Tuesday, January 11, 2011

write your name on this list, and I won't identify you

Let's discuss the idea of a do-not-track (DNT) list developed like a do-not-call (DNC, not to be confused with a political party) registry. The DNC registry is a list of phone numbers that telemarketers are forbidden from soliciting. The list is published so telemarketers can self-police (or more bluntly, avoid fines). What if we implemented a do-not-track list in the same way? We'd have to be able to identify every person accurately from within the browser, and compare them to a public list of identities; every web site must be able to identify you to comply. This sounds kind of scary to me. An opt-out-by-list scheme that requires identification of everyone who doesn't want to be tracked.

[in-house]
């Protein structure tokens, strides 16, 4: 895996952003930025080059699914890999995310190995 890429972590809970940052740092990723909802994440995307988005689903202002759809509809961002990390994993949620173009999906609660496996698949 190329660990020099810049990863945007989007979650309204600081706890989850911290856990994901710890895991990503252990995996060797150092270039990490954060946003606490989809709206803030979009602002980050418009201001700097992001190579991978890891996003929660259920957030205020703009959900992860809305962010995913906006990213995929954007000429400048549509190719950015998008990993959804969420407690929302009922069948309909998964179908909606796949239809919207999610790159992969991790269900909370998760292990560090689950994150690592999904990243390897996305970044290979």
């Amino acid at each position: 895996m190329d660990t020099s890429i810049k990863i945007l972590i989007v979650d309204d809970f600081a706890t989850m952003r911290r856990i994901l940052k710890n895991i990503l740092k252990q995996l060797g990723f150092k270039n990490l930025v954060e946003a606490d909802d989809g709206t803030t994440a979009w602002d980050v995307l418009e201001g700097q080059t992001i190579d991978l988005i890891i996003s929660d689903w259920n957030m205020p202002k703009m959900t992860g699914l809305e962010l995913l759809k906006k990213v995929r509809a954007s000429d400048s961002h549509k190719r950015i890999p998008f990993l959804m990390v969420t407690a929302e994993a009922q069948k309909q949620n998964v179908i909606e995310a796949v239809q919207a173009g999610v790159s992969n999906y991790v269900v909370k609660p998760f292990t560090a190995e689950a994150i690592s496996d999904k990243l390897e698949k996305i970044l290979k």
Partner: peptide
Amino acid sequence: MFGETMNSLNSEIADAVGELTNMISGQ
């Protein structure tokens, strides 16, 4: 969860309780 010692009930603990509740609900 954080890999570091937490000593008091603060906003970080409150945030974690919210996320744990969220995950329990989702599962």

To be fair, there's a major difference: DNC is about preventing annoyance, DNT is about preserving privacy. But both are opt-out lists.

So lets take a step back and look at the bigger picture. It seems to me that there's a bit of a conflict in opt-out for privacy: somehow, you have to be able to identify the folks who are opt-out-electees. This inherently reduces the subjects' anonymity by either maintaining a list of those who wish to remain anonymous, or tagging people who want to be anonymous with an "I opted out" sign. So you have a choice: keep a list of identities of those who want to be anonymous, or make them self-identify by, say, wearing a big red A on their shirt. (A for "Anonymous" of course.) I guess this makes me lean towards opt-in for things that reduce anonymity since people who agreed to concessions in privacy will be less likely to resist tagging and list-membership.

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